Do you remember playing outdoors when you were a child? What are some of your best memories? Nature can be a unifying theme for teaching young children. Children love to be outdoors and to bond with the natural environment. Connect your child to the real world and use the opportunities to build a rich and varied vocabulary.
- the great outdoors
Step 1: Provide regular opportunities for your child to spend time outdoors in interesting and compelling outdoor spaces. Think about what would be fun for your child – places to climb and dig, flower and vegetable gardens, nooks to hide in, animals and insects to watch, quiet sanctuaries for daydreaming. Look for outdoor spaces that you and your child enjoy. Observe your child’s interests in nature. Does he love climbing trees? Is he interested in watching insects or birds? Does he love observing flowers and plants as they grow? Observe your child and try to offer experiences that match his growing interests.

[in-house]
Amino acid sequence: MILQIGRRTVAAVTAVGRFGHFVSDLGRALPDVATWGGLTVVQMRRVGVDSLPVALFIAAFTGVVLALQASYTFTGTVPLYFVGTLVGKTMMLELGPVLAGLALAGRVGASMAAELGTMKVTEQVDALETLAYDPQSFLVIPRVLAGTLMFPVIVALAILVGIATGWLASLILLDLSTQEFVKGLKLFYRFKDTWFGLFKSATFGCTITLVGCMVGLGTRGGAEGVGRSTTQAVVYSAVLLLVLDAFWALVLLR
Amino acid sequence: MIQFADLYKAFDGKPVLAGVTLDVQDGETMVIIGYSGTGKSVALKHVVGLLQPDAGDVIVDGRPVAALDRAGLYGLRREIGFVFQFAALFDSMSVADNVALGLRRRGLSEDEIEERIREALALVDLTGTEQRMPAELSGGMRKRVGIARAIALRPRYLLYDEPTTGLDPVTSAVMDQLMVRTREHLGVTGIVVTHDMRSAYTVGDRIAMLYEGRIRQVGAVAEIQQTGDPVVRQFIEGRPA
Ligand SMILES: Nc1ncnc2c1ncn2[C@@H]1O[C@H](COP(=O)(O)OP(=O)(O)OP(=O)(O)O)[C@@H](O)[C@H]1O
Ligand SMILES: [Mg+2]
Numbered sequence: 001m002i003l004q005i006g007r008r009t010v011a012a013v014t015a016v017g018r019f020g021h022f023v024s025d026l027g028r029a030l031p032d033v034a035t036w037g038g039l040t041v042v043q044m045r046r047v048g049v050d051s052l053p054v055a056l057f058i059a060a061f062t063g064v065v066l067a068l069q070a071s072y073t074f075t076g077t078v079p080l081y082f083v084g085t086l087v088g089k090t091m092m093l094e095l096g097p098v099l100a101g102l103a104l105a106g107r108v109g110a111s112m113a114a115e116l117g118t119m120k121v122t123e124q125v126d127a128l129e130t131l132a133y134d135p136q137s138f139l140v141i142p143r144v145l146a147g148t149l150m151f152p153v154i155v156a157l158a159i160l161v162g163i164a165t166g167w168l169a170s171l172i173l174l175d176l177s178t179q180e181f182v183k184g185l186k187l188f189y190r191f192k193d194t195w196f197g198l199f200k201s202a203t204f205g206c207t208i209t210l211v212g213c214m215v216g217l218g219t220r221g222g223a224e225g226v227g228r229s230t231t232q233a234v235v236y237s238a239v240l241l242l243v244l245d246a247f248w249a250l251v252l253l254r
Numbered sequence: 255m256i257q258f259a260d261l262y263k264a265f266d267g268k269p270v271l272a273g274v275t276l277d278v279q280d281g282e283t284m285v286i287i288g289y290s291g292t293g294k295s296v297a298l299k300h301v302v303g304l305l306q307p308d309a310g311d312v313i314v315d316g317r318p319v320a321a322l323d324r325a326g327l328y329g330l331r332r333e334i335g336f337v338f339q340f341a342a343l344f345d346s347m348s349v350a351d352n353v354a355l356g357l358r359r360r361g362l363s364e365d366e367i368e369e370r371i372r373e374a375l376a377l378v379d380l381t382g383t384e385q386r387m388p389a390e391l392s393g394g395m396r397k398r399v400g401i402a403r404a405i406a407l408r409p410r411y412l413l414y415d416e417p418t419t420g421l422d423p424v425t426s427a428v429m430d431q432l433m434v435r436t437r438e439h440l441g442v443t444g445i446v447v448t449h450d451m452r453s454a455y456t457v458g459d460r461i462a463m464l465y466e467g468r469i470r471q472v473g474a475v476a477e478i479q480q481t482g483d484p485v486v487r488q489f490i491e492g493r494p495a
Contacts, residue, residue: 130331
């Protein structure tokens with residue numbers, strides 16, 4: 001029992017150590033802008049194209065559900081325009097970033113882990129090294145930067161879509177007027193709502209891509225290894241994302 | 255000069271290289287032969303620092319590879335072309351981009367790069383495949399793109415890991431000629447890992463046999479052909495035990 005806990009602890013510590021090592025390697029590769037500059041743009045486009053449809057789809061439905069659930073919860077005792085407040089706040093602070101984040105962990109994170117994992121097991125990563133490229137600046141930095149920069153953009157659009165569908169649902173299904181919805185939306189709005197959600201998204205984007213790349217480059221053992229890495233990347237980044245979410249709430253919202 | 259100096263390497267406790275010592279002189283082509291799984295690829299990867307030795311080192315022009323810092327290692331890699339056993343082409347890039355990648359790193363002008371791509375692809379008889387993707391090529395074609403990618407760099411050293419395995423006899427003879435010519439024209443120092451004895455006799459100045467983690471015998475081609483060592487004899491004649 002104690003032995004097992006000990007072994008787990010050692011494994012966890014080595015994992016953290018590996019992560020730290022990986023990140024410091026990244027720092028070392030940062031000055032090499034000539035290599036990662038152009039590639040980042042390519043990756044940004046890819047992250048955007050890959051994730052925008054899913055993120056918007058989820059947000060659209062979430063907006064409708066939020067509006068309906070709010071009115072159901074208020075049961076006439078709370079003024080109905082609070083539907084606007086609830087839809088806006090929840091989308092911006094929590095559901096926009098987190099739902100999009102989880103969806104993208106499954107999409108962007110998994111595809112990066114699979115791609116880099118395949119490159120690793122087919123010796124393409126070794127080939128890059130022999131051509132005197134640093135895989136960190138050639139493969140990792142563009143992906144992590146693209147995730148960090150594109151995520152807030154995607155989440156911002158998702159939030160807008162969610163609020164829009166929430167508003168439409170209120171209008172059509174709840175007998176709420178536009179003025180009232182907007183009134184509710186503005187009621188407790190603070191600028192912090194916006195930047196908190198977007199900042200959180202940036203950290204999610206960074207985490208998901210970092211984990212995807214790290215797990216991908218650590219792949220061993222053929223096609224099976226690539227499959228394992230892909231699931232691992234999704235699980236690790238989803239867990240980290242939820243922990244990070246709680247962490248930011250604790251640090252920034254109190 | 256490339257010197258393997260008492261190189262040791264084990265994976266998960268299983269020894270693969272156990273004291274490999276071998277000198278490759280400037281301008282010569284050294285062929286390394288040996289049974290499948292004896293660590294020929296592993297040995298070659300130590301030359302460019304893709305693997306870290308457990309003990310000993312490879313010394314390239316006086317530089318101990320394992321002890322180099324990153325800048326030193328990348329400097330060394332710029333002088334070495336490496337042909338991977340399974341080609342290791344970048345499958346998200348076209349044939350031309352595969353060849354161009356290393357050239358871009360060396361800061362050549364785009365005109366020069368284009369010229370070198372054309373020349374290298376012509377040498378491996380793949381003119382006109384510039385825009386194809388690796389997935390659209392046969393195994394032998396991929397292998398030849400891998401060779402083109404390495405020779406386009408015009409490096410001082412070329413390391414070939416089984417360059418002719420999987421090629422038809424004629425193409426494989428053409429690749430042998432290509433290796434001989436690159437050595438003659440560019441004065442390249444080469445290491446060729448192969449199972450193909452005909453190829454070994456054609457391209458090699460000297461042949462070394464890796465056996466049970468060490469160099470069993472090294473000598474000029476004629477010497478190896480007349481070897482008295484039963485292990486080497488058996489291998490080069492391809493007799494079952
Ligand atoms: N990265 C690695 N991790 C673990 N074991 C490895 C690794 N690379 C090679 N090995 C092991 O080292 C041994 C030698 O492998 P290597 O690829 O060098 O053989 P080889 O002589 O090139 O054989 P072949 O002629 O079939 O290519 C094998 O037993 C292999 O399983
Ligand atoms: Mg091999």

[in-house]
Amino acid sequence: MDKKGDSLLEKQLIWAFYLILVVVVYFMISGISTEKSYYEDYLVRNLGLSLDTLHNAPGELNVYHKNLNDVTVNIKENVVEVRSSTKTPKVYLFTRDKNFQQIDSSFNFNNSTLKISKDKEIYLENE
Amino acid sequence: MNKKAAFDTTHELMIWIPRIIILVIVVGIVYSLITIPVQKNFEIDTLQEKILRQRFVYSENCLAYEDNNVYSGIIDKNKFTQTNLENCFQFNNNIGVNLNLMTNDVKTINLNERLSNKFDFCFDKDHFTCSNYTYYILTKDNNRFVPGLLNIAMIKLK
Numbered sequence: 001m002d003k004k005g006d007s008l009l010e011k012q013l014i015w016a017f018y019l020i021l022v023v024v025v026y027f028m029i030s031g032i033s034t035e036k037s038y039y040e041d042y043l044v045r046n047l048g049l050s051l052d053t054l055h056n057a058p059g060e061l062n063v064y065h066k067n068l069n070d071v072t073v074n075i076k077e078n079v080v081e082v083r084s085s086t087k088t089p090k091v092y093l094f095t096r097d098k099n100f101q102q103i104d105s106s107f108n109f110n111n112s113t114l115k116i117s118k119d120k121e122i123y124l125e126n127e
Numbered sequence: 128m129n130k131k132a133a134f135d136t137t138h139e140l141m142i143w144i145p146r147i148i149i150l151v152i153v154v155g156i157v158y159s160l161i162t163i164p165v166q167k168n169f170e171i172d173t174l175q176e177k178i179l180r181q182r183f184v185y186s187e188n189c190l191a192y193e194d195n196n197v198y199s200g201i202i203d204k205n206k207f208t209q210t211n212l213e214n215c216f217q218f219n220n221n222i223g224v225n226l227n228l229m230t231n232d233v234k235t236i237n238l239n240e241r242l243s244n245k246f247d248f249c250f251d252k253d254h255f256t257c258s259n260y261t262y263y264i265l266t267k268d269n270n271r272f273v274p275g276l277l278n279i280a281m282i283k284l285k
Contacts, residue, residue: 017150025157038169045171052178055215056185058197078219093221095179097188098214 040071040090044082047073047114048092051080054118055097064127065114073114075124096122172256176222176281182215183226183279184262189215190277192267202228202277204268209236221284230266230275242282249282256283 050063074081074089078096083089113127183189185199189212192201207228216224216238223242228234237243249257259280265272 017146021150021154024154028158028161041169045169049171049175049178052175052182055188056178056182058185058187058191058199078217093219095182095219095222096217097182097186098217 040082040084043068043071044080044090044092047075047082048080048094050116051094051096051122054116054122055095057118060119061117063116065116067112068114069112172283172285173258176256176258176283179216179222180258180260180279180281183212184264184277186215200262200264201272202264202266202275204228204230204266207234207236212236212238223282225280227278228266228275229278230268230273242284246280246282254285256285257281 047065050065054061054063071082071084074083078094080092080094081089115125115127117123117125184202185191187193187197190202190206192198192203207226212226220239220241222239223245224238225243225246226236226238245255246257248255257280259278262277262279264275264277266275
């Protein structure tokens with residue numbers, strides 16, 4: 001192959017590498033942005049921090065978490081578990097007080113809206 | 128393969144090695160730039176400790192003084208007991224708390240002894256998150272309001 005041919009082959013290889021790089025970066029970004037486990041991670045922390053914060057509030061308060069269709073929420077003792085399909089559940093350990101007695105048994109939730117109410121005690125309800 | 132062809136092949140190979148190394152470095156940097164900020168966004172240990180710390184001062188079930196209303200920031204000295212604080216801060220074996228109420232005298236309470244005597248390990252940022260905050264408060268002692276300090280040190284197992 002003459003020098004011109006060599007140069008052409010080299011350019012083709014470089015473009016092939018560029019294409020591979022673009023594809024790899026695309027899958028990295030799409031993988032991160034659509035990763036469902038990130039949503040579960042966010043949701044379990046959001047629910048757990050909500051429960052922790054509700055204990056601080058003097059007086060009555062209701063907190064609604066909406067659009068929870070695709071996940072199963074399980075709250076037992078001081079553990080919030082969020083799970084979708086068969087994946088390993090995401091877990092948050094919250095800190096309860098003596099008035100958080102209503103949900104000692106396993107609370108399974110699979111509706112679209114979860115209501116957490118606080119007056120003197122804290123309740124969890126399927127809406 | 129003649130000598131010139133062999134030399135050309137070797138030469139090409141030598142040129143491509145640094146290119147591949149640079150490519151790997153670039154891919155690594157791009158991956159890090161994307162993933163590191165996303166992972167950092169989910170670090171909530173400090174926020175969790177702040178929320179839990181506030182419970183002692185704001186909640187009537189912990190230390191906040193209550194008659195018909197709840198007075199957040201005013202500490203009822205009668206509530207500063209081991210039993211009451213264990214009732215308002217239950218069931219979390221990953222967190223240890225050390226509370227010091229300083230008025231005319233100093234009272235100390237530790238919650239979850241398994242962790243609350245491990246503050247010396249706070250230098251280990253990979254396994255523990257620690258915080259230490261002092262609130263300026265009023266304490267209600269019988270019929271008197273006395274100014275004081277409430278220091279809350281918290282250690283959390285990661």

Step 2: With your child, you can observe the sky and clouds, feel the wind brushing your faces and hands, watch new buds growing, feel rain or snow falling on your heads, listen to the sounds of birds or squirrels, and explore a wide variety of textures. The possibilities are endless.
Step 3: Talk, talk, talk about the experiences. Describe what is happening and what you are seeing.
Step 4: Encourage collection of natural treasures such as rocks, shells, pinecones, leaves, sticks, branches and more.
Follow your child’s interests and build upon those interests. Provide rich, descriptive conversation.
Ask your child to sort and categorize the natural treasures he collects. For example, he might sort things that are from a tree/things that are not from a tree; smooth/rough; by color or size. Provide an example of ways to sort; then ask your child to think of another way.